The COVID Kids

Los Angeles Unified School District students Keiley Flores, 13, Andrea Ramos, 10, and Alexander Ramos, 8, work on school computers with unreliable internet connectivity at their homes in Los Angeles, Calif., August 18 2020. (Lucy Nicholson / Reuters)

School closures put another generation at risk.

Amiddle another national peak in COVID-19, schools are closing again from coast to coast, and one thing is for sure: it is wreaking havoc over a generation.

Earlier this month, our governor here in Michigan ordered high school students to go 100% online; Likewise, hundreds of thousands of Kindergarten to Grade 12 students across the country are returning to distance learning at home even though in-person connection is key to academic success, according to many teachers.

As a mother of five, I am keenly aware that this decision increases the burden that our younger generation carries to fight a virus that rarely makes them sick. In addition, experts say that children do not drive the transmission of COVID-19, especially in schools. I wonder if Gen Z – the 56 million school-aged Americans who have suffered unrest and whipping since March – could one day be called by another name, “the COVID children”, because it seems more and more likely that this pandemic will define them irreversibly.

“The epidemic calls into question the resilience of vulnerable children because it increases the number of already existing risks in the children’s environment. . . and reduce the number of protection forces, ”said a report released in August by the Organization for Economic Co-operation and Development. “The pandemic and the associated policy responses of containment and social distancing are affecting almost every part of the children’s world.”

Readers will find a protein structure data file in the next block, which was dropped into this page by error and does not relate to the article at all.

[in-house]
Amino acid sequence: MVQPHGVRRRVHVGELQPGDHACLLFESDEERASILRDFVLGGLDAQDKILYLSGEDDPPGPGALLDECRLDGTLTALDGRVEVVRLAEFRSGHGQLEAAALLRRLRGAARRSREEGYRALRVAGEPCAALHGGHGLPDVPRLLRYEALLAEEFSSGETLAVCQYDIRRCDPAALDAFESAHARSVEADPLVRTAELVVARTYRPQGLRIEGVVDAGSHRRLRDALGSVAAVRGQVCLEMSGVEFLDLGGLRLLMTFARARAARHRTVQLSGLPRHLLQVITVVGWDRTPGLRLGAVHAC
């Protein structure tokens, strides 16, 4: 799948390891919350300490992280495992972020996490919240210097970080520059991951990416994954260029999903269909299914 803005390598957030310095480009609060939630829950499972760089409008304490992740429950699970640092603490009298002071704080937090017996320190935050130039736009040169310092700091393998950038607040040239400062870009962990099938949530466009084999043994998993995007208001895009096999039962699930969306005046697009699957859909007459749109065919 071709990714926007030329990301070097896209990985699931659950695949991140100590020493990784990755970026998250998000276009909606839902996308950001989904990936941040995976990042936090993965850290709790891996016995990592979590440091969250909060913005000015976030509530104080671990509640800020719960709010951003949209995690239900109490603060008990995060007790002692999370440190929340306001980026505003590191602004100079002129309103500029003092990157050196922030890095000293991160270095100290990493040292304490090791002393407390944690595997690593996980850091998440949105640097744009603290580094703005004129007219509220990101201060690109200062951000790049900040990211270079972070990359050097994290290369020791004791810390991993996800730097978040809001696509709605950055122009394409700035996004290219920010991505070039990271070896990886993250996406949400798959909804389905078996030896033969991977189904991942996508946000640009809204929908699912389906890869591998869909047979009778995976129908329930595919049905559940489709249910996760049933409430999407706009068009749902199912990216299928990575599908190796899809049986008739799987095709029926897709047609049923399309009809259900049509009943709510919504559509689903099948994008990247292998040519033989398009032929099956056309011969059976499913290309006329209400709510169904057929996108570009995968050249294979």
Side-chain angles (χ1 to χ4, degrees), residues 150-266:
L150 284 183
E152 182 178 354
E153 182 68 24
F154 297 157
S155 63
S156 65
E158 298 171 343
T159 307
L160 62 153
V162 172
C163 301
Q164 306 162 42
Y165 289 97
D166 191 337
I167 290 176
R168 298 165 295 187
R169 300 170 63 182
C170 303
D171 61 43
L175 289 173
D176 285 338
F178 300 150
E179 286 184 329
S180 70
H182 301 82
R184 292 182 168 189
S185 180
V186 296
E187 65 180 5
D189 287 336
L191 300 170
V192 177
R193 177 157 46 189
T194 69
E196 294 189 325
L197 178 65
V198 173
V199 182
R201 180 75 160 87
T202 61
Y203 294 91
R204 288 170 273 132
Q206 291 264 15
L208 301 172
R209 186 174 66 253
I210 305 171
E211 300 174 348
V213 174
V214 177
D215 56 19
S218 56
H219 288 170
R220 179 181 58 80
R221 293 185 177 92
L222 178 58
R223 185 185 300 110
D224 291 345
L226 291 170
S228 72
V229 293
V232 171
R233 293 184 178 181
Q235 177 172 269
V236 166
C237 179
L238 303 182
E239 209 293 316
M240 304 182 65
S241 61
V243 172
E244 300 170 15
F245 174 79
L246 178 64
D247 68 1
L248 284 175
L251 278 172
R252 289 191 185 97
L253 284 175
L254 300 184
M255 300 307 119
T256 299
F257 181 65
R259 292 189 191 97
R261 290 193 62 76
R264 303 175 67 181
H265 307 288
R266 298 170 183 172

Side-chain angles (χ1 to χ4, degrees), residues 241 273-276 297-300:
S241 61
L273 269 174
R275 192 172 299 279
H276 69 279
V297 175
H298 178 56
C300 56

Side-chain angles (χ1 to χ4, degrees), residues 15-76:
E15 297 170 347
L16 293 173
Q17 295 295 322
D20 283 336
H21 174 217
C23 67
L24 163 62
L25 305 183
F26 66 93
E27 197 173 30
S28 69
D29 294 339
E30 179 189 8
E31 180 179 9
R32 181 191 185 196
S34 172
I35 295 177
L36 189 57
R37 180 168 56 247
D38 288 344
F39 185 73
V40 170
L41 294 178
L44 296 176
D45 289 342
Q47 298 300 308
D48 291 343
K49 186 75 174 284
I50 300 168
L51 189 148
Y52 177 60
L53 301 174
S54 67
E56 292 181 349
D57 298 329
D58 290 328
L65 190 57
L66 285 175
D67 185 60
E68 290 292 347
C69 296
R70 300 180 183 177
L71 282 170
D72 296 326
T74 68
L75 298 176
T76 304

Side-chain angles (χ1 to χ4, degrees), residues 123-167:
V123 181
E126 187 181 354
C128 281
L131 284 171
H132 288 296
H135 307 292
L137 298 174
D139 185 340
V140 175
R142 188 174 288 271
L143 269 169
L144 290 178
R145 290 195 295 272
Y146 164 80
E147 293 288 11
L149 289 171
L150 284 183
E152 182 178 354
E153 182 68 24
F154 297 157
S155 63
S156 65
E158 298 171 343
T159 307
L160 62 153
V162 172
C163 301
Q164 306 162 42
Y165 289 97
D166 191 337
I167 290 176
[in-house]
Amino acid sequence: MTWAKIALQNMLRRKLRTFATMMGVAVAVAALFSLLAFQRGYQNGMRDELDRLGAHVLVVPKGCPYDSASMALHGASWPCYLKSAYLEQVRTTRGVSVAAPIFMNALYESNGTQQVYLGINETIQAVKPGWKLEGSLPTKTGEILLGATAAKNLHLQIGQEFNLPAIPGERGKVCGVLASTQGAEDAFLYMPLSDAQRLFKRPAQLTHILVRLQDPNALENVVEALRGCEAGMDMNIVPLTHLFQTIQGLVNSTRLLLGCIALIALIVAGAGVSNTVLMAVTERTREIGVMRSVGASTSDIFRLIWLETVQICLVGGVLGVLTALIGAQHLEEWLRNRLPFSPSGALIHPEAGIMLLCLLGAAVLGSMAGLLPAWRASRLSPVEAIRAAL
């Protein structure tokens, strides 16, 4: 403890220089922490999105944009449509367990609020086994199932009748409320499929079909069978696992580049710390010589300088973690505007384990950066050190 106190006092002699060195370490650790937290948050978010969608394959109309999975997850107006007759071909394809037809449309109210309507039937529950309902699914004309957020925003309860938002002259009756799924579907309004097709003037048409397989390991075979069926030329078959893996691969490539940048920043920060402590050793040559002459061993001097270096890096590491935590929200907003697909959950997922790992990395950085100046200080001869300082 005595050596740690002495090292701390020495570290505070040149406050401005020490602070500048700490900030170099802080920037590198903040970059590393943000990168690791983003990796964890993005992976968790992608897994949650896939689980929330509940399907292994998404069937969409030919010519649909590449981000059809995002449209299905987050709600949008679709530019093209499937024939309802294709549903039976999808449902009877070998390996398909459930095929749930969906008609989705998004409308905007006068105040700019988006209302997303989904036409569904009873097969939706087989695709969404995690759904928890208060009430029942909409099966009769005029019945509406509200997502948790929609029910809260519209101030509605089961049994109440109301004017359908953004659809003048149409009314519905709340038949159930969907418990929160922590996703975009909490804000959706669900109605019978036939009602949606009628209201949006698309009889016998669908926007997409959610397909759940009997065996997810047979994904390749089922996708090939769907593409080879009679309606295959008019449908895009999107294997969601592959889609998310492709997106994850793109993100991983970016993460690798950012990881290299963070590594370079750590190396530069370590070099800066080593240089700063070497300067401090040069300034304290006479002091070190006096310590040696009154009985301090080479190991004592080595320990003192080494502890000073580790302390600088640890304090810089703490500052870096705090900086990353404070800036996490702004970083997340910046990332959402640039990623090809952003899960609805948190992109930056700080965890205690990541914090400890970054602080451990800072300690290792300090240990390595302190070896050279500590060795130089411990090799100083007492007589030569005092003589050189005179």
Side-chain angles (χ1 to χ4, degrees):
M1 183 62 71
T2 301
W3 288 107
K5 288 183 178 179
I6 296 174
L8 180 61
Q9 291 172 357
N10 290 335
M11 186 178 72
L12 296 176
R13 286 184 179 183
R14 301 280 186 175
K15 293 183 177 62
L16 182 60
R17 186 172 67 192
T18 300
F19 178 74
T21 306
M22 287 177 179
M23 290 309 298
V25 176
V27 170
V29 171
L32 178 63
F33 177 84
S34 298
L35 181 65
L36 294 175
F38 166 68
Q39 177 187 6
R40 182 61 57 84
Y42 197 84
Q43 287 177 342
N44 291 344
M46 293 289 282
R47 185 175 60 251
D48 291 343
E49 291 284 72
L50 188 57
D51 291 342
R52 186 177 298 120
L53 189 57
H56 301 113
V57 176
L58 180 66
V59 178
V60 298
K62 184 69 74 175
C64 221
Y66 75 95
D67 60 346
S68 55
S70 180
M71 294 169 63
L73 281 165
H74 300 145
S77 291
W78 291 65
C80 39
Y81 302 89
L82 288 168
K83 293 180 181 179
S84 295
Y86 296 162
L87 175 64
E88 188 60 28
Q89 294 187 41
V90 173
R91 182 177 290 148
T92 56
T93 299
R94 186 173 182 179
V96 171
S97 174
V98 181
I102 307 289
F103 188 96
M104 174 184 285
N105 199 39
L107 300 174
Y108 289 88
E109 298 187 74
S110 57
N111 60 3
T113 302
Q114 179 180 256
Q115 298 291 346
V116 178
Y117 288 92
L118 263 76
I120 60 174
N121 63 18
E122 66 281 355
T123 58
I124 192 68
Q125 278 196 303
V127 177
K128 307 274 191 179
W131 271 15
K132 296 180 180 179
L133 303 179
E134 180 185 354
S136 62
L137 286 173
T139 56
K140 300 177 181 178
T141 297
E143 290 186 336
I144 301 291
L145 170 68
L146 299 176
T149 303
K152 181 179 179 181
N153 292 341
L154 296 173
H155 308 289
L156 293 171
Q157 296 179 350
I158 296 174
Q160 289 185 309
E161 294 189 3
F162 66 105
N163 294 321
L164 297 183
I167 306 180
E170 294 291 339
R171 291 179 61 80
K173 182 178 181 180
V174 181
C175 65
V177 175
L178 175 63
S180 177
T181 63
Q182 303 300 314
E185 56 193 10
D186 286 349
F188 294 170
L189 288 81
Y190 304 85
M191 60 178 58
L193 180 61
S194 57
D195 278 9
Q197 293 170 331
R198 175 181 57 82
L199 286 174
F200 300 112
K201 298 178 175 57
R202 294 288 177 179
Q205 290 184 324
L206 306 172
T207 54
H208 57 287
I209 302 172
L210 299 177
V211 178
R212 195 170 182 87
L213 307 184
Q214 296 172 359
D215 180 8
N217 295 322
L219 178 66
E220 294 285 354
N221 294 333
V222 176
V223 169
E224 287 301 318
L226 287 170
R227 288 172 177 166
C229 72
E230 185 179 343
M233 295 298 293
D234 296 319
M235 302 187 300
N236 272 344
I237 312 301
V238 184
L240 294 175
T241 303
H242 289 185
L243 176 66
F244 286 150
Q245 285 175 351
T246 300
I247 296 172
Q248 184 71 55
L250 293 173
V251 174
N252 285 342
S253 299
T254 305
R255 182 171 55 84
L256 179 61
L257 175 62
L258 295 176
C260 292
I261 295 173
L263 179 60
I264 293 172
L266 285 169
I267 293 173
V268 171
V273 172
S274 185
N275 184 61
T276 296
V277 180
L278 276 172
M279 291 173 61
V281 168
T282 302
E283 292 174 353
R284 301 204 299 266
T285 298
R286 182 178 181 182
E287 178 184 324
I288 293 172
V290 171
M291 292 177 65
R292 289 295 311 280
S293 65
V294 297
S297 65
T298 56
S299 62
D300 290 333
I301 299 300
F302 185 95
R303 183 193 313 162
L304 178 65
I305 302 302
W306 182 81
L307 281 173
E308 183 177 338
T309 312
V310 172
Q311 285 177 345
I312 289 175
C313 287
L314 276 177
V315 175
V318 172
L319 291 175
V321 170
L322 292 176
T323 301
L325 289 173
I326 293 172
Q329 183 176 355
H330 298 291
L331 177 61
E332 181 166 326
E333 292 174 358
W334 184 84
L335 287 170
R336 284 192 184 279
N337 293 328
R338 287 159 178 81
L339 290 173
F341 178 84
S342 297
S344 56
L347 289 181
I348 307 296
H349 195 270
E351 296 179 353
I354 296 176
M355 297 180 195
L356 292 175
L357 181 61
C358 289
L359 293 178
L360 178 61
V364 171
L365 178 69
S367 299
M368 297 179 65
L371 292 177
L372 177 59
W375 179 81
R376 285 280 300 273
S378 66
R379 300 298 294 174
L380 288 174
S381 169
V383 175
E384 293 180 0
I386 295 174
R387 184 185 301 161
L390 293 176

Today, children are more vulnerable to loss of education, increased risk of family violence, loneliness, derailed trajectories, including higher drop-out rates, the Depression, suicide, and increased attacks from online sexual predators.

The spring should have been the canary in the mine, exposing the sudden paralysis of any in-person education from Kindergarten to Grade 12 as too dangerous to repeat. School losses alone – 15,000 students completely AWOL in Los Angeles, millions without high-speed internet access at home, and those who study online lose between three months and one year of apprenticeship – are unacceptable.

And yet, in August, the adults in power ignored the strong recommendation of the American Pediatric Association and the CDCand 74% of the 100 largest school districts went back to school online. It is now November and the schools that had worked so hard to provide protocol-laden in-person learning are closing their doors again, including those of Connecticut and Iowa.

Alexis Zieler, a high school science teacher in Michigan, told me that virtual high school is “a disaster” that only works well for very few students. Of her 35 students in virtual biology classes, 30 are struggling, she said. The responsibility and motivation she provides in spades in her classroom is gone. The same goes for its arsenal of creative teaching methods.

“There aren’t any varied learning styles in the virtual world at all,” Zieler says. “My student who is tied for promotion, she is really brilliant and a hard worker. She doesn’t get anything from these videos. This only works for students whose learning style is somewhat of a Goldilocks sweet spot. “

Jackie Hall, a mother of four in the California Bay area, told me that the virtual school for her eleven year old son who has an IEP for dyslexia makes her feel like a failure, and the online teachers offered no extra attention or help.